Set on spacious grounds, and graced by a sweeping tree-lined entrance with post and rail fencing, the renovation, which included the addition of a large wing, has transformed the agrestic home, giving it a contemporary, sophisticated quality.
Located in Oliver Road, the 600m2 country house from the 1970s was originally designed by New Zealand architect Harry Turbott, and had a sense of warm humanity and intimacy that is often apparent in Turbott’s work.
Constructed from brick and fibre cement, with a concrete tile roof and timber and aluminium joinery, the five-bedroom house had four living areas, two bathrooms, a 68m2 attic storage space and decking.
It also boasted polished timber floors, exposed beam ceilings and French doors opening out onto a panoramic, rural view.
The house’s lived-in feeling, however, had wearied, and owners Tracey and Jason Smith decided it was time to tastefully renovate.
“We wanted a modern take on the 70s vintage look,” says Tracey, “while keeping some of the features that give the house its uniqueness.”
“I started some internal work,” says Hayden. “While I was doing that, Tracey and Jason were having plans drawn up for the large addition. They said to me ‘if you do a good job, we’ll give you a shot at doing the addition as well’.
“I did a good job, so they gave me the addition and the full renovation downstairs, and over the two years we’ve been back to do smaller jobs like the pergolas.”
Fenton Building, named after Hayden’s grandfather Fenton Burke, has teams of two or three builders on each of their construction sites, with eight staff in total. Hayden, who grew up on a Katikati farm, has benefitted from having a carpenter for a father, adopting a practical approach from early on.
In Sixth Form he was doing building work experience one day a week, and left college to begin his building apprenticeship, becoming a Registered Master Builder. Current jobs include large renovations and additions at Mount Maunganui and Whakamarama.
“We mainly do high-end, architecturally-designed renovations,” says Hayden. “We’re lucky in that we can choose our clients.
“We build a strong relationship with the owners. As we work, we try to keep in regular contact with them, conducting site meetings and walk-throughs. Our guys know that good communication with our clients is absolutely key.
“Renovations can be quite intrusive - especially if the client is living on site. It helps to keep a very high level of respect.”
Hayden gets on the tools, but also manages the jobs and coordinates subcontractors like Dean Bartlett from Electech, Tasman Plumbing, Ready Roofing and Smith Painters.
Over the last three years, Fenton Building has completed around nine renovations, all of which have roughly taken four-to-nine months.
“They’re all extensive jobs,” says Hayden. “The Oliver Road house was our first big renovation. It was an awesome build.”
Architectural designer Mike Fergus, from Insignia Design, kept much of the original brick in his design for Jason and Tracey, with some painted or plastered. The original kauri beams were re-planed and painted, while upstairs some of the exposed rafters were replaced, with a new roof, balustrades, flooring, tiles and windows.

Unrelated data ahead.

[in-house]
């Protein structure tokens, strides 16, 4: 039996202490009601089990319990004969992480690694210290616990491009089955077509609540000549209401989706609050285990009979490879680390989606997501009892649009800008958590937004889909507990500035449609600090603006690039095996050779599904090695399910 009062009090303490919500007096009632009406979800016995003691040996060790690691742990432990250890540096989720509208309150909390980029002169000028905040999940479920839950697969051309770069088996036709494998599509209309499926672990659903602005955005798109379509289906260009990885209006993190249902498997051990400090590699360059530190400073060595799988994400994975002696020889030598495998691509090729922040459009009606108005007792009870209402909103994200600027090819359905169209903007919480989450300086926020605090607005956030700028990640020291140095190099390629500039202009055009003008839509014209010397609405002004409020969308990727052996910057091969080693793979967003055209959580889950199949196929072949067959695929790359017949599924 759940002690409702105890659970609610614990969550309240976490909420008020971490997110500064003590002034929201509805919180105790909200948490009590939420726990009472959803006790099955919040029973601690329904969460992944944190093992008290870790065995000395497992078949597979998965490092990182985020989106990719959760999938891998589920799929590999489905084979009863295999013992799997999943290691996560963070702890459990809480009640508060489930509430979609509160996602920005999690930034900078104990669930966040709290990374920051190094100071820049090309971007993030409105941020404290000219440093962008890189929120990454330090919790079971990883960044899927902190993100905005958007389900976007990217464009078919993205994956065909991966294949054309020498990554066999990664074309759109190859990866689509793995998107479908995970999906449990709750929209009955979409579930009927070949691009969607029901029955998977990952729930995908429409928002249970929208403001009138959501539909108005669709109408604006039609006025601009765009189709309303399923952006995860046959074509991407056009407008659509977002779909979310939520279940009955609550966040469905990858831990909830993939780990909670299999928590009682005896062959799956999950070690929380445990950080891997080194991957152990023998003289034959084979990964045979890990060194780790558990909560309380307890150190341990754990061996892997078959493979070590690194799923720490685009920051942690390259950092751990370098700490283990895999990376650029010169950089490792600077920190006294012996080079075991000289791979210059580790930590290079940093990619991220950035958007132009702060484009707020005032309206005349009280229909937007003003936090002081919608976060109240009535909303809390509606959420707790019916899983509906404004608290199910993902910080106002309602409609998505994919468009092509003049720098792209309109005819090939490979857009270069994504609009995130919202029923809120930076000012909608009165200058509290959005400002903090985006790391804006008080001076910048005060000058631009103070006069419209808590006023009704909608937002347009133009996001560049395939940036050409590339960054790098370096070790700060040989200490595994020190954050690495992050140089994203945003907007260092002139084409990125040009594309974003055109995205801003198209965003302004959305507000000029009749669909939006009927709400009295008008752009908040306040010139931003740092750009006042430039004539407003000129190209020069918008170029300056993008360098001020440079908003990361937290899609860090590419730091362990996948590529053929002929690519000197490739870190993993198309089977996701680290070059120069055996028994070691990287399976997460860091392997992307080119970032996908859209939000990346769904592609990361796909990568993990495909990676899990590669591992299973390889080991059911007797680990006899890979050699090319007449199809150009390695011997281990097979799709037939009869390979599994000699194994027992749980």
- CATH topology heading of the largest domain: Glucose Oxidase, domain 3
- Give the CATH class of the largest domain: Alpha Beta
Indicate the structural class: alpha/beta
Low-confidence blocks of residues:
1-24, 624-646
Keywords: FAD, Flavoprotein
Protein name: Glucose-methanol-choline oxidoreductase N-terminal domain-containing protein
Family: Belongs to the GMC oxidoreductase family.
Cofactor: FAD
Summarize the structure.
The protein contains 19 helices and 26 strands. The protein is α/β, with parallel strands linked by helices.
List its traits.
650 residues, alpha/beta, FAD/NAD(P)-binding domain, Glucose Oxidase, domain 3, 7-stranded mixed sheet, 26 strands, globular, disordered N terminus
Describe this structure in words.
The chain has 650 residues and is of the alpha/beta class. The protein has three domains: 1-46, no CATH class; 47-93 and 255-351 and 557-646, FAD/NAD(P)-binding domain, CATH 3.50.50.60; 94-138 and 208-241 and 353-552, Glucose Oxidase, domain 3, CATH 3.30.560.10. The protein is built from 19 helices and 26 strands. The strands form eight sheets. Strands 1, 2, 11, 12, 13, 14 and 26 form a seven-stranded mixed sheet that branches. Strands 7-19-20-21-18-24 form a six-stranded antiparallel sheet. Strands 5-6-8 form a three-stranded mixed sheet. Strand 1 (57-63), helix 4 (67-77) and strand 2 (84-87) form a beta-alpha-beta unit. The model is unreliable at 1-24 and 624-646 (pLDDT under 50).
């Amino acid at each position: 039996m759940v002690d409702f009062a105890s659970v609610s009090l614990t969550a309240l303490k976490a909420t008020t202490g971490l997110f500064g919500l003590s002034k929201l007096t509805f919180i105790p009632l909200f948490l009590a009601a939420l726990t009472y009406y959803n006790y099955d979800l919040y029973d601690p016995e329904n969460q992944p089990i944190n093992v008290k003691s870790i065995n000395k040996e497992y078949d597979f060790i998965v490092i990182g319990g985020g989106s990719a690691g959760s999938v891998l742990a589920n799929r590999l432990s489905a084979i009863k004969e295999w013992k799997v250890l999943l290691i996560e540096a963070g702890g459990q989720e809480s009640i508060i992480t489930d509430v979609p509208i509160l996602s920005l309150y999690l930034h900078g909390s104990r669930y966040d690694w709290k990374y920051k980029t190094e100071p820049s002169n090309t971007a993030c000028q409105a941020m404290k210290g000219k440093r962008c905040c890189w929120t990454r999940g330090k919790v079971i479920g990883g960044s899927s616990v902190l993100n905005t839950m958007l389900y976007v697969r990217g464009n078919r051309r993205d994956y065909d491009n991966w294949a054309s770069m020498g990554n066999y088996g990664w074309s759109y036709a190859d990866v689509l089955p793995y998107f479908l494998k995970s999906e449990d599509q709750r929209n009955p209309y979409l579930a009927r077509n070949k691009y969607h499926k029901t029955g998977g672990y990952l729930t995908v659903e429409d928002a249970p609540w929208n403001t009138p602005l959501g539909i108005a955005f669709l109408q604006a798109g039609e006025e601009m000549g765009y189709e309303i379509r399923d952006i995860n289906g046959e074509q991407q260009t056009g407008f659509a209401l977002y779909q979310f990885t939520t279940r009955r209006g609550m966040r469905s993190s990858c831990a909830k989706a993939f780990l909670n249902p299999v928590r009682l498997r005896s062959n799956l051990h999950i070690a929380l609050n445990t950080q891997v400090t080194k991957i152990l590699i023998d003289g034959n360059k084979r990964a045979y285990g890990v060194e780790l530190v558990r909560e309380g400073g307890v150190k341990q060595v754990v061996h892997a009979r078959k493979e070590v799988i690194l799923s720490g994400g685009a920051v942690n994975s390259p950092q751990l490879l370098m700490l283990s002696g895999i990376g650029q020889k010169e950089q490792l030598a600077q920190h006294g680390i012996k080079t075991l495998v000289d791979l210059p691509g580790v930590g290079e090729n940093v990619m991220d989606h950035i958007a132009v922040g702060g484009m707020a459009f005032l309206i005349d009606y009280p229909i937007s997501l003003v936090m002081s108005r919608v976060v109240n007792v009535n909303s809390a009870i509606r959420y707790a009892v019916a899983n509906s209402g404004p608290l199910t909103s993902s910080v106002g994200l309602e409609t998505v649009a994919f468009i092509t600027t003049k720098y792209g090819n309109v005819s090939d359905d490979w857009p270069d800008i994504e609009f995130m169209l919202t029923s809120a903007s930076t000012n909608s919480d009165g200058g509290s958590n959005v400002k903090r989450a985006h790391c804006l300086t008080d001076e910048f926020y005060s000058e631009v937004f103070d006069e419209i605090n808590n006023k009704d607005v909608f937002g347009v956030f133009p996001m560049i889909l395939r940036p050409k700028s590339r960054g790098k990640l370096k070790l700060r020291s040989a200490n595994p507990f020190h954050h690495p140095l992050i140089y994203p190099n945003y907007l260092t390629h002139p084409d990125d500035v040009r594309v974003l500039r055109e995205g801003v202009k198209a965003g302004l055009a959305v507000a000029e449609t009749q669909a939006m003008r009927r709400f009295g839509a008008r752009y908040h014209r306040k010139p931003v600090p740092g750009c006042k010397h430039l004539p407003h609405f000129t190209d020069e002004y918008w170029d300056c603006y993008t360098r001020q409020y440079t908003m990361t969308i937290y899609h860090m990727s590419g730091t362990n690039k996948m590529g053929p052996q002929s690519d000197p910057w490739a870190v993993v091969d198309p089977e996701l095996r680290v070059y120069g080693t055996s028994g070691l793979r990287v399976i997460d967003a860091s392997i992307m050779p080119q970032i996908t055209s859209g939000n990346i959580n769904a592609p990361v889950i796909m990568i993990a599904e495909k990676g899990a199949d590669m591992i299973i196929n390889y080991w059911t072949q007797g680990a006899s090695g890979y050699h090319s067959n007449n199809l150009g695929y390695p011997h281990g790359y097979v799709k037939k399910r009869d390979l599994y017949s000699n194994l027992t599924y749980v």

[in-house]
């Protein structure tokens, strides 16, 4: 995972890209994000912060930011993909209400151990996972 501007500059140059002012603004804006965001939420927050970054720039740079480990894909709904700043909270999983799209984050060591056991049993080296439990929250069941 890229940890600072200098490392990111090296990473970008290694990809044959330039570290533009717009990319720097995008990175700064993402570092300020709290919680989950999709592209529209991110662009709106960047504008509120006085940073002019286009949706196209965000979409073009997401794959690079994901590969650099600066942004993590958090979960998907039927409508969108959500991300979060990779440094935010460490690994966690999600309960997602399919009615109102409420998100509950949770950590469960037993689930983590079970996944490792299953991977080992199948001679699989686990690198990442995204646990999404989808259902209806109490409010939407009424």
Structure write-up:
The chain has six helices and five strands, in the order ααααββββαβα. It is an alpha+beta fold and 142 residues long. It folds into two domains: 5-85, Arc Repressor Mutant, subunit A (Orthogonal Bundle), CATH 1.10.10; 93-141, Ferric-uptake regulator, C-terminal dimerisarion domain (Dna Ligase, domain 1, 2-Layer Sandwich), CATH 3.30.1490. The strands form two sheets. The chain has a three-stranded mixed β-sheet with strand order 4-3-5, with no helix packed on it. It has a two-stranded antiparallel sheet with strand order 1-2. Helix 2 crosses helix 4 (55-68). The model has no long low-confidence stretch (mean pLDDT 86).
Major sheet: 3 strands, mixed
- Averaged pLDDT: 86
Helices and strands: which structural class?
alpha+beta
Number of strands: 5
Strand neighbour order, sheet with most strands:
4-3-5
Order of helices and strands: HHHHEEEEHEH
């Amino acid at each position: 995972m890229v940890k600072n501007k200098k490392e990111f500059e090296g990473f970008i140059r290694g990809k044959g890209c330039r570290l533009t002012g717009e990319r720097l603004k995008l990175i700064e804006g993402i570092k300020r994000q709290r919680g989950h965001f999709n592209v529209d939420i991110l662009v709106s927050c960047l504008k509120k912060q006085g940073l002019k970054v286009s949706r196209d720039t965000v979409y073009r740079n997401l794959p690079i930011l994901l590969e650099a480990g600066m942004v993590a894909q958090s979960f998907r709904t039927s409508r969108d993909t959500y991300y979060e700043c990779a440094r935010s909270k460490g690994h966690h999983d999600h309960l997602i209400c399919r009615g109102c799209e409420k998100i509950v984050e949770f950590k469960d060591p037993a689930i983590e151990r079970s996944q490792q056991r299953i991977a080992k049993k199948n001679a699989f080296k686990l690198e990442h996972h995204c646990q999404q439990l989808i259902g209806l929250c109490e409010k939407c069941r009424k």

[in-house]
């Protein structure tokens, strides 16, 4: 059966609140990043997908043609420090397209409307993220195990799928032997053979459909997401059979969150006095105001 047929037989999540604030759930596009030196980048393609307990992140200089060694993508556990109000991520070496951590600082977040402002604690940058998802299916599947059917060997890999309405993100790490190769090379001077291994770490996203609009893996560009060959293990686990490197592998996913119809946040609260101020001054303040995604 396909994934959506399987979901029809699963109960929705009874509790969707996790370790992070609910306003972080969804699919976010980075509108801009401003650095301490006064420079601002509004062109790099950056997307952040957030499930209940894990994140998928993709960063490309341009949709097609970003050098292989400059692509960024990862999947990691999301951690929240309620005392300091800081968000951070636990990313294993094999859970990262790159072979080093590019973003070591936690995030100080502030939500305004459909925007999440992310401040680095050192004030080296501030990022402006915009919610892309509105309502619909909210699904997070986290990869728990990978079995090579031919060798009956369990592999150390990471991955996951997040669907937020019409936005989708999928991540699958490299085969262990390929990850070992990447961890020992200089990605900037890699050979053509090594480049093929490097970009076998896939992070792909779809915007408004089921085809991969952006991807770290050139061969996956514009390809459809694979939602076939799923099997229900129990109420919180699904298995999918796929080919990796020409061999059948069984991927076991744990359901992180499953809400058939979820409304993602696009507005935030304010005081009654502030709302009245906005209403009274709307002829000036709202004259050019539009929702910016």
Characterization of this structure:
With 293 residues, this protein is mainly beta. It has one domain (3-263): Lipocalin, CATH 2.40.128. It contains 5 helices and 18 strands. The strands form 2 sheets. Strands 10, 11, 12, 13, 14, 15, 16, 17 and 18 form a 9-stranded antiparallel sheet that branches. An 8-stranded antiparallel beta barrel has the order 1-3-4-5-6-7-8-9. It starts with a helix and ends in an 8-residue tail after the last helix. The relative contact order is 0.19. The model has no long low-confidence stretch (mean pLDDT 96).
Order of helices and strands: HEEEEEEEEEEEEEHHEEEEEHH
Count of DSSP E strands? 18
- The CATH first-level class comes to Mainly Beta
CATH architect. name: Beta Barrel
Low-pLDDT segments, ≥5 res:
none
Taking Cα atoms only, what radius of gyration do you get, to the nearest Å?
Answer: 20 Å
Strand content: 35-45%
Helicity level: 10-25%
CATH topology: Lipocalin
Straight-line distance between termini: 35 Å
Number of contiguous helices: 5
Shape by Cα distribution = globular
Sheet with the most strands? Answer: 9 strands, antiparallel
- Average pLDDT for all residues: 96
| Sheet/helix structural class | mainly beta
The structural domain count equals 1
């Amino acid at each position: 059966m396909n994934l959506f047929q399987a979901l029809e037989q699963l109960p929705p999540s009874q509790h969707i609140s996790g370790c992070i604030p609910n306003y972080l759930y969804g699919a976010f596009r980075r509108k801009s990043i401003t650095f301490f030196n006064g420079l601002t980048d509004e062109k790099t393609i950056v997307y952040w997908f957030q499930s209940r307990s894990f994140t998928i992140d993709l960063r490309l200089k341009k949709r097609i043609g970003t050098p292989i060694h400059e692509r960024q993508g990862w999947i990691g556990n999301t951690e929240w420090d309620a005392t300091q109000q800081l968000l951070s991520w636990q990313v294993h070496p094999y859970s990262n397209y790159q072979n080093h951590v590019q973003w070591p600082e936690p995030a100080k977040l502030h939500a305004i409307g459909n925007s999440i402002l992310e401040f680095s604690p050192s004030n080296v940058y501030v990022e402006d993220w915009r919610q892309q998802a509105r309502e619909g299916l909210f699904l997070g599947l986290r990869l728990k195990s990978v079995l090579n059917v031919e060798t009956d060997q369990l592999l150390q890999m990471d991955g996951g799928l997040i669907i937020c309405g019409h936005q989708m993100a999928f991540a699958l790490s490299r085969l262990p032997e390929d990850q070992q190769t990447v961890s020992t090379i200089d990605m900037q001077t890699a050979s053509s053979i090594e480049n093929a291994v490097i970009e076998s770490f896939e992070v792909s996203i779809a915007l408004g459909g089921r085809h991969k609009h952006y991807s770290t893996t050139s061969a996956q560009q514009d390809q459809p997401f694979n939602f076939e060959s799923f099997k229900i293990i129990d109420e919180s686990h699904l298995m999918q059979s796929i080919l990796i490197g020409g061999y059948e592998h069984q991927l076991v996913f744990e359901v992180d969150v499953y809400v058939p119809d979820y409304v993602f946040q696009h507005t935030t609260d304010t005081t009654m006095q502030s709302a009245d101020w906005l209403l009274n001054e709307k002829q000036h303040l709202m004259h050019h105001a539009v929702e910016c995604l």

Hayden sourced recycled roofing tiles to match the existing ones.
The large wing extension includes an upstairs en-suite, opening out onto a deck with spa. The north-facing pastoral view out to sea also overlooks the new swimming pool. Below, the extended kitchen and dining al fresco area is sheltered by the deck.
The front entrance features new joinery but retains the original brick pillars, now roughly rendered and plastered white on either side of the door.
The tawa flooring has also been retained, while the carpet also gives a warm, homely and relaxed feel. The double-sided fireplace, barn slide doors and mix of black-trimmed white-on-white with wood and brick not only lift the house into a contemporary era, but evoke memories of the past.
“Tracey has an amazing eye for detail,” says Hayden. Both Tracey and Jason are kitchen designers with HK Kitchens. “It’s awesome working with clients who can visualise stuff. They knew exactly what they wanted.”
“Hayden was really great when it came down to working with us,” says Tracey. “It probably wasn’t that easy dealing with us, as we’re also designers and think about all the little details.
“He understood us and came up with ideas like the staircase capping. He was also really good at interpreting the design features that we were trying to achieve.
“It was an architecturally-designed showpiece house in its day, and as we went through, we unearthed interesting features like the fireplace. It wasn’t a clean-cut renovation and required a lot of problem solving.”
“You don’t find many houses around like this,” agrees Hayden. “Every room is different.”
There were no gardens in place, so Tracey applied her design skills to the swimming pool area and surrounds.
“We reclaimed the brick from the paths and used them as feature walls, as well as walled fences around the garden and pool.”
The couple are delighted with the finished home.
“We have no intention of leaving it. We love that, for the first time ever, we have a home,” says Tracey. “We love the quirkiness of the house. It has an amazing homely feel, and so much character and soul.”